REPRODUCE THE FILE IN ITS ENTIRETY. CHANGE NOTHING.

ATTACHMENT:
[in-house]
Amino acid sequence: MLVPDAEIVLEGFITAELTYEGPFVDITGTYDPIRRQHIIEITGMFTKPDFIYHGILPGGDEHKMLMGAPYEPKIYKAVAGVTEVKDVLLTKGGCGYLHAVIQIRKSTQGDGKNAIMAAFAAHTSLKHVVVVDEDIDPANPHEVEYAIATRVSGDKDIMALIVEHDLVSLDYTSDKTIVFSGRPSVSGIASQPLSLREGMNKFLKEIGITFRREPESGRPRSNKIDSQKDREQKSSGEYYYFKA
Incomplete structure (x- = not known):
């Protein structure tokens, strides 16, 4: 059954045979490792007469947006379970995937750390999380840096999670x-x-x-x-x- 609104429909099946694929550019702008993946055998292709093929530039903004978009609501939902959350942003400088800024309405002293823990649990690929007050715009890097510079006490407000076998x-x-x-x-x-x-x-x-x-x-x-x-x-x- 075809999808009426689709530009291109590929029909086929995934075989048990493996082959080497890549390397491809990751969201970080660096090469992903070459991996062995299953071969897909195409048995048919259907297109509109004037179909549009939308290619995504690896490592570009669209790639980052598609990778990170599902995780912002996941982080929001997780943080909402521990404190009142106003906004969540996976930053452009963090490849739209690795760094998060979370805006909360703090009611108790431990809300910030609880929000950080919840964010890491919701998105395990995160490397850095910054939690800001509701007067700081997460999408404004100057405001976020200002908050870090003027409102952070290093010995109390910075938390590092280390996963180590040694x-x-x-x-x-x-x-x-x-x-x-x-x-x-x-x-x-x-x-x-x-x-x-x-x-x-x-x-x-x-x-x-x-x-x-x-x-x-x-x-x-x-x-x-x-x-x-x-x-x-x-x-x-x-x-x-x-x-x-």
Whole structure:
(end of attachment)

[in-house]
Amino acid sequence: MLVPDAEIVLEGFITAELTYEGPFVDITGTYDPIRRQHIIEITGMFTKPDFIYHGILPGGDEHKMLMGAPYEPKIYKAVAGVTEVKDVLLTKGGCGYLHAVIQIRKSTQGDGKNAIMAAFAAHTSLKHVVVVDEDIDPANPHEVEYAIATRVSGDKDIMALIVEHDLVSLDYTSDKTIVFSGRPSVSGIASQPLSLREGMNKFLKEIGITFRREPESGRPRSNKIDSQKDREQKSSGEYYYFKA
Incomplete structure (x- = not known):
């Protein structure tokens, strides 16, 4: 059954045979490792007469947006379970995937750390999380840096999670x-x-x-x-x- 609104429909099946694929550019702008993946055998292709093929530039903004978009609501939902959350942003400088800024309405002293823990649990690929007050715009890097510079006490407000076998x-x-x-x-x-x-x-x-x-x-x-x-x-x- 075809999808009426689709530009291109590929029909086929995934075989048990493996082959080497890549390397491809990751969201970080660096090469992903070459991996062995299953071969897909195409048995048919259907297109509109004037179909549009939308290619995504690896490592570009669209790639980052598609990778990170599902995780912002996941982080929001997780943080909402521990404190009142106003906004969540996976930053452009963090490849739209690795760094998060979370805006909360703090009611108790431990809300910030609880929000950080919840964010890491919701998105395990995160490397850095910054939690800001509701007067700081997460999408404004100057405001976020200002908050870090003027409102952070290093010995109390910075938390590092280390996963180590040694x-x-x-x-x-x-x-x-x-x-x-x-x-x-x-x-x-x-x-x-x-x-x-x-x-x-x-x-x-x-x-x-x-x-x-x-x-x-x-x-x-x-x-x-x-x-x-x-x-x-x-x-x-x-x-x-x-x-x-």
Whole structure: